In this transcript, business coach Clay Clark (US SBA Entrepreneur of the Year) talks with David Robinson (NBA Hall of Fame basketball player and founder of the $300 million Admiral Capital Fund) about leadership and vision on the best business coach platform, Thrive15.com.
Clay: So, David, as a business coach, I am curious…what is the vision that you have for your life as a father as and as husband?
David: Well, number 1 just be the best husband I can. Looking at my wife, at the end of the day I’m responsible for her. How she develops and how she grows as a person is my responsibility. How our family goes is my responsibility. Yes, both of us work together to achieve it, but at the end of the day as the husband I’m held responsible for it. So I see every day as an opportunity for me to build into my relationship with her. I think the best thing that I can do for my children is to have that example of a loving husband and father. That’s what I see, I see every day as an opportunity for me to build into what this family, which I’ve said before, is I think the most important foundational institution in our society. I get a change to build into this family and into the future families represented by my 3 boys.
Clay: Now here’s the big business coach challenge here. You obviously have a few dollars that you’ve earned over the years. It’s somewhat public information about the value of the fund and some of the success you’ve having. A lot of people do this and you could do this. You could get yourself involved in 50 business deals, you could be making your own rap videos. I don’t know if your rap career is –
David: I’m not much of a rapper so.
Clay: Okay, but I mean you could be doing a lot of things though. And you could never be home.
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Clay: You were gone for a long time and now you’re home. You could put yourself in a situation where you’re gone all the time. And we could as a business coach culture celebrate that and put you on the cover of a magazine and say, “Look at this guy, he’s lost his family but he’s made some money here.” How does your vision for your family impact your daily decisions?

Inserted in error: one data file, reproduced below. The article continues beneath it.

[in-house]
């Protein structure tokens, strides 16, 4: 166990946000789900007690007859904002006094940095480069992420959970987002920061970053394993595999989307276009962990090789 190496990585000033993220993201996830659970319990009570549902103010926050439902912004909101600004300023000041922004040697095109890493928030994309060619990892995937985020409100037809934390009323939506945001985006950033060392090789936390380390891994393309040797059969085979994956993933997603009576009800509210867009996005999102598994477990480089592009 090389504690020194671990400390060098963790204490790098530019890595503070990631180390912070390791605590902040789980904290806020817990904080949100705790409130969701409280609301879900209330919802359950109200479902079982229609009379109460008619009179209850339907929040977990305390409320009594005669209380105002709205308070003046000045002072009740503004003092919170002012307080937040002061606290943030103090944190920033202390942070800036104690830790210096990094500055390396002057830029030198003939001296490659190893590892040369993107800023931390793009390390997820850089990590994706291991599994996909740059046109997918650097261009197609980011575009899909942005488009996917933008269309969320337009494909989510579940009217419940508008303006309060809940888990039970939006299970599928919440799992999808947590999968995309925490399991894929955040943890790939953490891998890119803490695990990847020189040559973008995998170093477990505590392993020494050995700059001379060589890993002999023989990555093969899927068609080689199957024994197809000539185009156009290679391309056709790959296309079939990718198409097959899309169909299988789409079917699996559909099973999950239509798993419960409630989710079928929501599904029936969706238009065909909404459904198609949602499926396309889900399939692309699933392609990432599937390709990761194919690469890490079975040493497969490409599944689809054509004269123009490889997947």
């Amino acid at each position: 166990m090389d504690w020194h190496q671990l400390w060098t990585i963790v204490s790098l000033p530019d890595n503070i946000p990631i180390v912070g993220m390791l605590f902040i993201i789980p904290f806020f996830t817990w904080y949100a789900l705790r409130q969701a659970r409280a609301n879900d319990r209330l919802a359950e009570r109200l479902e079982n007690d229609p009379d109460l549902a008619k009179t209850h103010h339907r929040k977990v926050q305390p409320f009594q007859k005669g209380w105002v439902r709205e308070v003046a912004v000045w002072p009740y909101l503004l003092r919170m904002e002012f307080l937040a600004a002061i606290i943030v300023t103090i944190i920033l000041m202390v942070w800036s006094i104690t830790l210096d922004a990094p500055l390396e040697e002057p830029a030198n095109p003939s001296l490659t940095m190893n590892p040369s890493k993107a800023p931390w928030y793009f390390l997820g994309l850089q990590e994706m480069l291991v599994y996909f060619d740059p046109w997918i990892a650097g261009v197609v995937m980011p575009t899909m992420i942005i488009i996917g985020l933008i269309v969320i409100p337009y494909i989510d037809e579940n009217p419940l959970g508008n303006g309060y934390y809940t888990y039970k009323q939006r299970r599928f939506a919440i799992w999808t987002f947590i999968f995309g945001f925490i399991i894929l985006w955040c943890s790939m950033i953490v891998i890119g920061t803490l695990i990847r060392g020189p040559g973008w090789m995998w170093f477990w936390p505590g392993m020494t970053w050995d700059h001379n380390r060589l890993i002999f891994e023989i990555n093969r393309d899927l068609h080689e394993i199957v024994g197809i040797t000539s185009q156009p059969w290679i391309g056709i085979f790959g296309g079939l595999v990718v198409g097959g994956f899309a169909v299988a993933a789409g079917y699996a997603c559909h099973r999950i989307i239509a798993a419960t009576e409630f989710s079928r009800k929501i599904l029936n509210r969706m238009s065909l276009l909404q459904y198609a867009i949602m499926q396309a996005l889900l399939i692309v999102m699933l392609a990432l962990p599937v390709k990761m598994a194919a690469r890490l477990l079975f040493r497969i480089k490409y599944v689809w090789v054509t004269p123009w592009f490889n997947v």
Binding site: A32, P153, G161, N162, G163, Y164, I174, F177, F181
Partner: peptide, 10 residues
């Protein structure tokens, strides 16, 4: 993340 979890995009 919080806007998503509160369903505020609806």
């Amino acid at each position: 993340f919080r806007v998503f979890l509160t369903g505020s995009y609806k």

David: Dramatically. It is a priority for me. I just think that the family is the greatest measure of who you are as a man. It’s the greatest measure of what you’ll be able to accomplish out in the world. I mean really accomplish in people’s lives, not just on a financial stats sheet, but in people’s lives. The legacy that you’re going to leave, it starts with that family. So to me, I have to invest in that. Because I can’t affect the kid across the street, or a kid in another neighborhood if I can’t get through to my own children or to my wife. I just see this as an important testing ground. It’s a marker, a measure of what type of a man I am and if I can listen to my wife and I can hear what she’s saying and I can understand my children and the relationship that we have, then I’m prepared to go out and try to be a positive influence.
Clay: I can say this, in preparing to interview you and researching all things David Robinson, that’s been the biggest thing that I’ve got out of researching you, is you really do put your family first.
David: I try to, yeah. I don’t always do it well. Sometimes I get excited about opportunities and I’ll sign up for things, and my wife will say, “You didn’t talk to me about that.” So, we have discussions about those things but I try to, yes, that’s the part where we all try to figure that stuff out, day by day we learn.
Clay: Why I want to celebrate you and your business coach what you’re doing is not because I want to build up what David Robinson is or to try to lay on praise there, I guess what I’m saying is you are a person in a society where very few people stay married. You are a person that has had success but is having success in the family and I just want to tell you thank you so much to talk about vision and how this all plays into leadership and it means the world to me and I know a lot of people watching this. So thank you for trying to do things the right way.
David: All right, well thanks I appreciate that.